How to Boost Your Creativity: 3 Science-Backed Methods

Even if you don’t think you’re the “creative type,” don’t assume you can ignore this skillset, or that you can’t become creative too.

60% of CEOs polled by IBM agreed that creativity was the most important skill to possess in a leadership role, because can help us solve problems and respond to challenges.

The seeds of creativity live in everyone, but our daily habits can either nurture or constrain them. Here are 3 daily habits that will ignite your imagination and encourage your mind to think outside the box:

Even creative people need a schedule

It’s a gigantic misconception that creative people need to live wild and completely unstructured lives to produce great work.

That might work for a one-in-a-million rock star, but having a rigorous schedule is truly how to boost your creativity. Stephen King, for instance, has attributed his 350 million+ in book sales to his intense writing routine.

Psychologist William James described the impact of a rigorous schedule on creativity by saying that this can “free our minds to advance to really interesting fields of action.”

I’m not saying that you should hole up in your office the entire day, but you do need to pencil in the time for creativity daily. For starters, consider setting your own innovation schedule by spending 20 minutes daily on creative thinking.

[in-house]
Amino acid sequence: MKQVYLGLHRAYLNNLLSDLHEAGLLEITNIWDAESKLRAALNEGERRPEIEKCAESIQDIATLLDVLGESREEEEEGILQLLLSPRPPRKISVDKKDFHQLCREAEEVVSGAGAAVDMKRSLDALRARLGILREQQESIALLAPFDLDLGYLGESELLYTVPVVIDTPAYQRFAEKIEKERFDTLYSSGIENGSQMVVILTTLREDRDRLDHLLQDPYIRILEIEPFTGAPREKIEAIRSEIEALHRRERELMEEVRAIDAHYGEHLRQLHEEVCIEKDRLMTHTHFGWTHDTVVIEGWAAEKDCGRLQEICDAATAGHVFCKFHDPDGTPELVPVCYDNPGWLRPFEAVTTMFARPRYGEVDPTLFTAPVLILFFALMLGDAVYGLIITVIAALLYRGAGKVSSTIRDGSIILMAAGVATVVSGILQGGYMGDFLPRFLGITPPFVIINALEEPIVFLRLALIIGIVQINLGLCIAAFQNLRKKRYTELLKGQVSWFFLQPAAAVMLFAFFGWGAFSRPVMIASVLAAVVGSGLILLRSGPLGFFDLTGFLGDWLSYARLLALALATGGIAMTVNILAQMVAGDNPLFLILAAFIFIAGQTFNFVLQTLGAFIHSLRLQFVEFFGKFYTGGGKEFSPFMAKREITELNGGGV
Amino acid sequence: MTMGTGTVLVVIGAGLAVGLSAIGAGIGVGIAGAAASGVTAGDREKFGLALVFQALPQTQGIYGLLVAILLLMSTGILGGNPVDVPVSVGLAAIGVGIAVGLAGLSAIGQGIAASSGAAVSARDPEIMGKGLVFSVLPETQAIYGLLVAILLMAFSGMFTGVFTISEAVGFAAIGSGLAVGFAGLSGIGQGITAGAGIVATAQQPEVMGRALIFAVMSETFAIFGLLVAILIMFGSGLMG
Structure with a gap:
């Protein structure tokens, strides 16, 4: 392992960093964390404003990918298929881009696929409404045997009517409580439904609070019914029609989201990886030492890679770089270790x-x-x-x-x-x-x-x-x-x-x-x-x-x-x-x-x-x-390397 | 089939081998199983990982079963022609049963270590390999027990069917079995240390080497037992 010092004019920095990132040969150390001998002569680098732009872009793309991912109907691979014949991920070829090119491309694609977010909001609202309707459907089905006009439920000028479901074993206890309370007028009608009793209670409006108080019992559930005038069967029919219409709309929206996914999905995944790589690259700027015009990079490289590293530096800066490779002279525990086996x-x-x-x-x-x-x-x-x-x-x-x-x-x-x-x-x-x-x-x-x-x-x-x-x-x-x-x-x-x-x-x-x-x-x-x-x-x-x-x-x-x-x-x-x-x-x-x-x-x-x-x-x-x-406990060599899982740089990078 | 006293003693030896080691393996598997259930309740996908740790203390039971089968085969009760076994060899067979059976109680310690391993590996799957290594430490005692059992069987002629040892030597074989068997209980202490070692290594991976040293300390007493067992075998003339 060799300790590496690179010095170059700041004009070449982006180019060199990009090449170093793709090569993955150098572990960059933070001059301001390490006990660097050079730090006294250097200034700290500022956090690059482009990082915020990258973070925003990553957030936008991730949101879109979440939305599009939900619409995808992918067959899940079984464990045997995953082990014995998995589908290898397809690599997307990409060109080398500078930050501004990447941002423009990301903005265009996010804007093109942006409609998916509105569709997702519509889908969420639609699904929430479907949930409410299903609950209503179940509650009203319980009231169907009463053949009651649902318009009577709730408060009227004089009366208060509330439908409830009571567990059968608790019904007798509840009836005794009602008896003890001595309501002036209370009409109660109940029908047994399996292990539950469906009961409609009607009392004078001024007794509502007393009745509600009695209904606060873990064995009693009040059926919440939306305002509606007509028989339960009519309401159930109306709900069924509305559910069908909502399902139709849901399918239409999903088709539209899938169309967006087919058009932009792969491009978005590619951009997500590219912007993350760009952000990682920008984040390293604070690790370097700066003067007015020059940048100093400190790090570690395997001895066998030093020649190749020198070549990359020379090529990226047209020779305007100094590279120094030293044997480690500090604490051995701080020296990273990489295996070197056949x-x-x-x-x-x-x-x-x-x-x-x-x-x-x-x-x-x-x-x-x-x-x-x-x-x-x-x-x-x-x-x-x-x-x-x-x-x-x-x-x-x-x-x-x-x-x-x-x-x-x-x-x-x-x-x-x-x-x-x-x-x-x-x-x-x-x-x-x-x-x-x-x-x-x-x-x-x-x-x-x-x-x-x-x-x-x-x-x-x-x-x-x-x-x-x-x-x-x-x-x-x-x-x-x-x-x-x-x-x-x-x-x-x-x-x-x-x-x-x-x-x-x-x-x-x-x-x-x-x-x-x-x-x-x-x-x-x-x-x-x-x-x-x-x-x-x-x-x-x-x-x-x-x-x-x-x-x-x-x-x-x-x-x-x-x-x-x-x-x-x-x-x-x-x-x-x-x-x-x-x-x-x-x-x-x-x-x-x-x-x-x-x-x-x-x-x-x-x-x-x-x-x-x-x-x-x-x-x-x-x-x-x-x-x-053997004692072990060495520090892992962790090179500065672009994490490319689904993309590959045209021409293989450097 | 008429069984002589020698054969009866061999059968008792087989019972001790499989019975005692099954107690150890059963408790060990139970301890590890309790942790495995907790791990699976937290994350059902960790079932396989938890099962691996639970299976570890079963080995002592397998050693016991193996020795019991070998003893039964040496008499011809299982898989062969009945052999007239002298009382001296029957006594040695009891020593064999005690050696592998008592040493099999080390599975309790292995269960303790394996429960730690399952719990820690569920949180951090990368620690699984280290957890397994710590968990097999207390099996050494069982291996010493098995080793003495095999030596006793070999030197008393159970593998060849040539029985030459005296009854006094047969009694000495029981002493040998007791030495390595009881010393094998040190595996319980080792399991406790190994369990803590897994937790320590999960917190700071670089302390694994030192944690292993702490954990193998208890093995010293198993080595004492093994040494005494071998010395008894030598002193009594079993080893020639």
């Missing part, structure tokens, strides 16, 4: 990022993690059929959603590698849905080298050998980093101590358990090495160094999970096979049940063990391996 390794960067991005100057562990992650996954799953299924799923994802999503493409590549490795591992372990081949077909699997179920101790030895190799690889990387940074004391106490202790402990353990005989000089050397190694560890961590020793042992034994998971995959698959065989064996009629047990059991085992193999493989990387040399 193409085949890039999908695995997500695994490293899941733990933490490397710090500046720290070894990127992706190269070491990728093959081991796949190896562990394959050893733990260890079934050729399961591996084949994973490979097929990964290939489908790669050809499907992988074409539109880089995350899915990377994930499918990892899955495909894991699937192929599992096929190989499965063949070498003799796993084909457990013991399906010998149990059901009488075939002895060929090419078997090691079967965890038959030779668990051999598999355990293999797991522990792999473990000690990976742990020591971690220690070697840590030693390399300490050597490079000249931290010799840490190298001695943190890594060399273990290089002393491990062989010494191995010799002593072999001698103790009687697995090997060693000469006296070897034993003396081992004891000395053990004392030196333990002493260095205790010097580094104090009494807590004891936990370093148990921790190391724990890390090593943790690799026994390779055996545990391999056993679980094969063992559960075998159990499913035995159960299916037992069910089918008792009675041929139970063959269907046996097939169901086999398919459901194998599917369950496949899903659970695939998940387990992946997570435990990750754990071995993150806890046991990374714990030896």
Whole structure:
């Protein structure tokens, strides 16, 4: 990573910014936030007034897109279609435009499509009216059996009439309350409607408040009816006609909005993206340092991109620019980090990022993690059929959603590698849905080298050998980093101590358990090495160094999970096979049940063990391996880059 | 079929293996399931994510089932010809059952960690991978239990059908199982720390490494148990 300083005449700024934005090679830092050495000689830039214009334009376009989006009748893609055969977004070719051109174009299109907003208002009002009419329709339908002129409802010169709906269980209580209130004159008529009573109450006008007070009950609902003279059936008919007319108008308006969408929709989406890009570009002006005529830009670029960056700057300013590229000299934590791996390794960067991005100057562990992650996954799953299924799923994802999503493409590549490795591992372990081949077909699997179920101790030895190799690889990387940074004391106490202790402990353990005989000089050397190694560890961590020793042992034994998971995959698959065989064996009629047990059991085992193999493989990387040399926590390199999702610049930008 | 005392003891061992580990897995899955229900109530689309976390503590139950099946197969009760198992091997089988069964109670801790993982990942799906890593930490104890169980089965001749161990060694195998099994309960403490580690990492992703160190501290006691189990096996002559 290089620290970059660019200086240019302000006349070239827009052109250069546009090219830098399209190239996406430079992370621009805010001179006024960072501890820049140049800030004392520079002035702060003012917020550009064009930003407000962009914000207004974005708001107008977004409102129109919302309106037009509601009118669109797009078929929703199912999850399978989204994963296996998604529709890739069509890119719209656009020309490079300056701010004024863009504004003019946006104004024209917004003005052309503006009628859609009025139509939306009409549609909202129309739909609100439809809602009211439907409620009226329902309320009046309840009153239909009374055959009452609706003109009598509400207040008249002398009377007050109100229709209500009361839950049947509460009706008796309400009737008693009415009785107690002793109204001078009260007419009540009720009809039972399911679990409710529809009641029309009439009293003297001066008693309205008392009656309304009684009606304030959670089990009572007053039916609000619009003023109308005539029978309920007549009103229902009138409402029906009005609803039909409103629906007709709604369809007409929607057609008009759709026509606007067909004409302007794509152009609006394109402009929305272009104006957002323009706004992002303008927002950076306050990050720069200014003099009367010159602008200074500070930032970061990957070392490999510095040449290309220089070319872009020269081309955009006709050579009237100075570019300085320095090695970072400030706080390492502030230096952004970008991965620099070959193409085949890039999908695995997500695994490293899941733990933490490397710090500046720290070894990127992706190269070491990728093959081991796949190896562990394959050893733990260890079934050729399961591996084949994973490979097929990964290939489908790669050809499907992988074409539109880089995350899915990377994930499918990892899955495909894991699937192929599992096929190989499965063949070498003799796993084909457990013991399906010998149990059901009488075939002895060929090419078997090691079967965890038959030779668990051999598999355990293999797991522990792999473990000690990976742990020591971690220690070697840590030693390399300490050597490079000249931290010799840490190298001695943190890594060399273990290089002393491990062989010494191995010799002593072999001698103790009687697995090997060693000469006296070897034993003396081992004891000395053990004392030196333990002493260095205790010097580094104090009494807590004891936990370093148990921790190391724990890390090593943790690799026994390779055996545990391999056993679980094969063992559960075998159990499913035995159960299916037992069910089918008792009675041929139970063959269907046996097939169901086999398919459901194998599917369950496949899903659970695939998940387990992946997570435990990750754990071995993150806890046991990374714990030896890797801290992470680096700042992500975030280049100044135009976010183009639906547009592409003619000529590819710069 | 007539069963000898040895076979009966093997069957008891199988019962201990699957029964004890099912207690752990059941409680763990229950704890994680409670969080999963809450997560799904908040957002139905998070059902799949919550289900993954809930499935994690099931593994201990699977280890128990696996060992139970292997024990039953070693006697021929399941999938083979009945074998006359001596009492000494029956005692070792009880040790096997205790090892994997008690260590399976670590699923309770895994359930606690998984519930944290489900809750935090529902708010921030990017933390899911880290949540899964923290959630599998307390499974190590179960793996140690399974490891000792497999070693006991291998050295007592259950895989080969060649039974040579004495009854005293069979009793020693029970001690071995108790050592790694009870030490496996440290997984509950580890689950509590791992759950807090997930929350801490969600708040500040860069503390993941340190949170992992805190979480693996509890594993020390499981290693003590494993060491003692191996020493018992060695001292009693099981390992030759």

Creativity is contagious

Albert Einstein once said, “Creativity is contagious. Pass it on.” And science backs up Einstein’s point    that creativity is incredibly contagious, especially if you’re a leader.

It might seem scary at first, but you need to expose yourself creatively. Ask a co-worker for feedback on your new ideas. If you’re a business owner, set up team meetings to debate creative projects. Even though feedback can be painful (especially on something personal and artistic) it can propel you and your team’s creativity to new heights.

Have fun

Why do you think Google employees are encouraged to play beach volleyball and go bowling while on the clock? It’s been proven that having fun engages the creative side of the brain. Additionally, “play” can decrease stress levels, increase optimism, boost motivation and improve overall concentration.

It might seem silly and counter-productive, but play and be spontaneous daily, especially if you’re in a rut. If you’re an entrepreneur, encourage the whole team to put down their work for a few minutes to play ping-pong or tell jokes – I know I do .

Creativity aside, it’s always important to make the time for fun.

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If you liked this article, you can find more tips in my column for Inc. Magazine.